The iPhone 14 Pro saw the debut of a new system-on-a-chip from Apple, the A16 Bionic. So what kind of improvements over the A15 does it bring and where else can we expect to see the A16 implemented?
A16 arrived with the iPhone 14 Pro
Apple’s flagship mobile chip for 2022 was the A16 Bionic, which powers the higher-end iPhone 14 Pro and Pro Max models. Instead, the iPhone 14 uses a slightly improved version of the A15 Bionic from the iPhone 13 from 2021 (with an additional GPU core). This could be the result of a global shortage of semiconductors and pressure on manufacturing processes due to the COVID-19 pandemic.
It’s the first time Apple has used different system-on-chip generations for its numbered and “Pro” iPhone models. You may think that this indicates that there is not much difference between them, but you would be wrong. On the surface, you can see that the chip has an identical number of CPU and GPU cores (6 and 5, respectively) as the A15 Bionic used in the iPhone 14.
But Apple claims the A16 has a faster CPU thanks to its nearly 16 billion transistors (up from 15 billion for the previous model), though Apple doesn’t provide stats to back this up. Transistors are to microprocessors what neurons are to the human brain, so the more you have available, the better.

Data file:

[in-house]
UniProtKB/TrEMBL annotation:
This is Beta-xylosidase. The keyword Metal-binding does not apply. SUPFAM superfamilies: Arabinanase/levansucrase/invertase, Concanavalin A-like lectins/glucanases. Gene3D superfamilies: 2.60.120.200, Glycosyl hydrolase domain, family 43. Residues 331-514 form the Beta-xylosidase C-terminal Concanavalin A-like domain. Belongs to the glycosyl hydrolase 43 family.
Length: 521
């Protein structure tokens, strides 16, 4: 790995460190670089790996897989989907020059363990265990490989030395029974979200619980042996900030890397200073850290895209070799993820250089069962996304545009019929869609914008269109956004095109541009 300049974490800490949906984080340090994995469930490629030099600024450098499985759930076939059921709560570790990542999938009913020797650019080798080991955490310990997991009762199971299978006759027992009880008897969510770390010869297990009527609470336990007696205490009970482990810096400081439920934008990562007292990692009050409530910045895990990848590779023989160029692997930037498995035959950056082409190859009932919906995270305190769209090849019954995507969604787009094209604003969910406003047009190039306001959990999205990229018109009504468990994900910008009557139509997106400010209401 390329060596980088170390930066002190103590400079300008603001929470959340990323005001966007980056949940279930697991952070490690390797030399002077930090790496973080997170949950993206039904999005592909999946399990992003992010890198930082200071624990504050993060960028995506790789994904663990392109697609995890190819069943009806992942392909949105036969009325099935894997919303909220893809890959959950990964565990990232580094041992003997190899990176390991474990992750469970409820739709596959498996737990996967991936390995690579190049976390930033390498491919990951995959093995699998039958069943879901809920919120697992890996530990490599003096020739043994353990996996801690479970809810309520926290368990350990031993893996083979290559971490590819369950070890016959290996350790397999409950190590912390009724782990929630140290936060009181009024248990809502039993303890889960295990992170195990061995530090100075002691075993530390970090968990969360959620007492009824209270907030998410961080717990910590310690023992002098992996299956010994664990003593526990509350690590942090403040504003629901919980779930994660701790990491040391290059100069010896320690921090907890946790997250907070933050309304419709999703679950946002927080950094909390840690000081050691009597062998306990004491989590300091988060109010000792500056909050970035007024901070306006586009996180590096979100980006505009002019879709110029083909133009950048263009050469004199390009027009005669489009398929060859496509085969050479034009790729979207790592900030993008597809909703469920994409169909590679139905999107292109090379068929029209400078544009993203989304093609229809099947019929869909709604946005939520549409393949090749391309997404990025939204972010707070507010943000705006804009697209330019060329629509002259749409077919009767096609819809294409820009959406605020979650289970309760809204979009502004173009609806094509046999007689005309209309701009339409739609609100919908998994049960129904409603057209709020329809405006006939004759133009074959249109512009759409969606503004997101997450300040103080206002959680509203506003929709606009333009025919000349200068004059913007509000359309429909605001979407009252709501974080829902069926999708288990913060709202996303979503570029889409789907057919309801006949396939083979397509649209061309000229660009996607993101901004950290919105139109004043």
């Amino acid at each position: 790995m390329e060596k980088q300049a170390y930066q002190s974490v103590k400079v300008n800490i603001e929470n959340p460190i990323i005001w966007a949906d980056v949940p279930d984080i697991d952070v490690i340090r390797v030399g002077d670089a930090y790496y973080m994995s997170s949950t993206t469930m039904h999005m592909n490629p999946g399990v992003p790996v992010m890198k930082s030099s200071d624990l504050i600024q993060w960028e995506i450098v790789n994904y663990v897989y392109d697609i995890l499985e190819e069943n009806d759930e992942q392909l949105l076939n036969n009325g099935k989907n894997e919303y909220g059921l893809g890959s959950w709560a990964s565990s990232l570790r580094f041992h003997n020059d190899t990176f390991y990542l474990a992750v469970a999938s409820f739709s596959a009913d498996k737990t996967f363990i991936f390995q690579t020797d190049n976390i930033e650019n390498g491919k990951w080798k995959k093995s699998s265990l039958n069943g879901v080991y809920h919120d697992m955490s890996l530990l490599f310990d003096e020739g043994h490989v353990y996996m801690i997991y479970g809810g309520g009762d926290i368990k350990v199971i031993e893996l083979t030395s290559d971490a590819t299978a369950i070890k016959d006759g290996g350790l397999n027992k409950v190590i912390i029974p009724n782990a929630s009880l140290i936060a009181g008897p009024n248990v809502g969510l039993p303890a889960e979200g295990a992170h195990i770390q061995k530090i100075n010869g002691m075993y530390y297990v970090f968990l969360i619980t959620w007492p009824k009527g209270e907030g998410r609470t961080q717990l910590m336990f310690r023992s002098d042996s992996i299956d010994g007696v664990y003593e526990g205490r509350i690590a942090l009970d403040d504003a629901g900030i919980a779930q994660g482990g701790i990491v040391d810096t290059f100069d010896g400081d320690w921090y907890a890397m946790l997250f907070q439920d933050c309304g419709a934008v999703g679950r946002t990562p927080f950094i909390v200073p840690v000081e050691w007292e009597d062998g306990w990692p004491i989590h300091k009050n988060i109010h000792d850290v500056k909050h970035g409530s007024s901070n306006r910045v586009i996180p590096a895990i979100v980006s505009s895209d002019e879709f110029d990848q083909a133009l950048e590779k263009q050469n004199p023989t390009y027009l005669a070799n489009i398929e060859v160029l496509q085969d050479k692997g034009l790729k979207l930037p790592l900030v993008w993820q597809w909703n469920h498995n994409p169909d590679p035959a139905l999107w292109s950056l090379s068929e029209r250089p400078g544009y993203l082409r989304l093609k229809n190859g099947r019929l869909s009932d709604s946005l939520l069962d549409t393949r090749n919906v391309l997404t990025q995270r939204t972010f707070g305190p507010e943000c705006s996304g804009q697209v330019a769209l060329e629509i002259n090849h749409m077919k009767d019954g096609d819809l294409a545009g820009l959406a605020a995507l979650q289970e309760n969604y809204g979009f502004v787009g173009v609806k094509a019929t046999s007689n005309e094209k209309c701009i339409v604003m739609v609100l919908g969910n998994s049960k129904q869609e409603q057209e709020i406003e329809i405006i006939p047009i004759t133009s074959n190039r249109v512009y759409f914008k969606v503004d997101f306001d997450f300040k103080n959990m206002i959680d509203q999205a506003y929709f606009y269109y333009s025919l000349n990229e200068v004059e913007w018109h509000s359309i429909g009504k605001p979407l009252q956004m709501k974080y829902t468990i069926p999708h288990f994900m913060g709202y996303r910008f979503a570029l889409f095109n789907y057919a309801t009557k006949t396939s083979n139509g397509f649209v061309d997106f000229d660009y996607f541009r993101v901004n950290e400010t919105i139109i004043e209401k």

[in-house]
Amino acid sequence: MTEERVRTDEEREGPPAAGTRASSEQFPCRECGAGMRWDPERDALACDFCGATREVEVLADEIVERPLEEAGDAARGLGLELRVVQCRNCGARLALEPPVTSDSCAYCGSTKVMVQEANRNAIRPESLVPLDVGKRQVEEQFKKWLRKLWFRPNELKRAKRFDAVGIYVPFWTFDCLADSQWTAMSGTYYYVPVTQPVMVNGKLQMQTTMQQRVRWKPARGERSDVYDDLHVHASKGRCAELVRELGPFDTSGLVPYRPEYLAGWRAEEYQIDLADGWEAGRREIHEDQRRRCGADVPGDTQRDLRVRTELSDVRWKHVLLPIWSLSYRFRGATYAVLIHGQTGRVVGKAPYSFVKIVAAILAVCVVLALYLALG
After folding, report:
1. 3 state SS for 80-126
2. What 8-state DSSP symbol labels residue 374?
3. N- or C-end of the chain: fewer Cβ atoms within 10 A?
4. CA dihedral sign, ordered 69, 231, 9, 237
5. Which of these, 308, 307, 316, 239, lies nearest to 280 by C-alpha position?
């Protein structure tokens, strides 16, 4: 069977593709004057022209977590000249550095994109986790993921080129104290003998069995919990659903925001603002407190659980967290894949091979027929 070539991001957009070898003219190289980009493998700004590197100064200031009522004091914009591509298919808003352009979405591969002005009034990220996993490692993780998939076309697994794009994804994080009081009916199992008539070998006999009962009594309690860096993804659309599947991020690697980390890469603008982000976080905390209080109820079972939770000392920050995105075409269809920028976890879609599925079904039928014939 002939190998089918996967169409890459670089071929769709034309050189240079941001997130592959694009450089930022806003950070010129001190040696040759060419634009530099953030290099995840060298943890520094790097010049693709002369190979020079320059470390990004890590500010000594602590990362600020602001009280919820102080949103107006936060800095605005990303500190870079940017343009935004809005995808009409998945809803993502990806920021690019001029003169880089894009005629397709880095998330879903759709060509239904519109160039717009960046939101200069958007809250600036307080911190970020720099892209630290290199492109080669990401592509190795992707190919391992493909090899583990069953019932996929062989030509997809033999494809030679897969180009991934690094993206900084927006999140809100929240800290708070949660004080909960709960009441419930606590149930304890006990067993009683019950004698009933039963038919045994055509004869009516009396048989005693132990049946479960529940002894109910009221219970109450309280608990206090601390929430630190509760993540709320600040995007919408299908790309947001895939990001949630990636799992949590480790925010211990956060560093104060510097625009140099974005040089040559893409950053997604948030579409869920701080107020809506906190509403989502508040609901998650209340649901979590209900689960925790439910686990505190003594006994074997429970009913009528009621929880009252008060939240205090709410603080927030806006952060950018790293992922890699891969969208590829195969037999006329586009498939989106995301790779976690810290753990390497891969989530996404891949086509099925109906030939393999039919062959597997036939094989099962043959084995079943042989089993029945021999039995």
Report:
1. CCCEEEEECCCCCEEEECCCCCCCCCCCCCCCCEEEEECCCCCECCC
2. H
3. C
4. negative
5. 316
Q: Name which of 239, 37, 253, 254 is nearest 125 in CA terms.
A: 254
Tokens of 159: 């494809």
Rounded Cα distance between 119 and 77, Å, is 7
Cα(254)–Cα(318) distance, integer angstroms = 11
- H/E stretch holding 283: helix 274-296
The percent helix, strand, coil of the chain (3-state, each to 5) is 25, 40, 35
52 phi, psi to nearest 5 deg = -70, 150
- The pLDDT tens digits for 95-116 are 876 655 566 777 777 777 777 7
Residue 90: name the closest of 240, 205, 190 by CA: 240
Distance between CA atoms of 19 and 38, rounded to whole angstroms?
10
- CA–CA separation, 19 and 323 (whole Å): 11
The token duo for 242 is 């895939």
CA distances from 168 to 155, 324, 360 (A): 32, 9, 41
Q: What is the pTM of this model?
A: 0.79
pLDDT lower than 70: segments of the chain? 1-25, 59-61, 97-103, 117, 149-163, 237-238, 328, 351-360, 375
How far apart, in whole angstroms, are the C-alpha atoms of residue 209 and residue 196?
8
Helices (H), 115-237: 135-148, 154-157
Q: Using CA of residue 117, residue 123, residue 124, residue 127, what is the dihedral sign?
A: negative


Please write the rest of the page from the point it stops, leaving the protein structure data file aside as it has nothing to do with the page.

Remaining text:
Another area that has been improved is the GPU memory bandwidth. Even with the same number of GPU cores as the current A15, the improved memory bandwidth will translate into a performance boost from the new chip.
Early Geekbench 5 scores point to a modest 10% faster performance in single-core operations, with little difference in multi-core scores. Even then, synthetic benchmarks designed to assess raw performance in a set of controlled tests do not always reflect the actual performance of the chip.
But we can assume some things with some degree of confidence. The A16 Bionic will be a better chip overall than the old one, especially in GPU-intensive tasks thanks to the extra memory bandwidth. It’s also likely to appear on the 2023 iPhone 15, and possibly some devices in between. (iPad update, anyone?)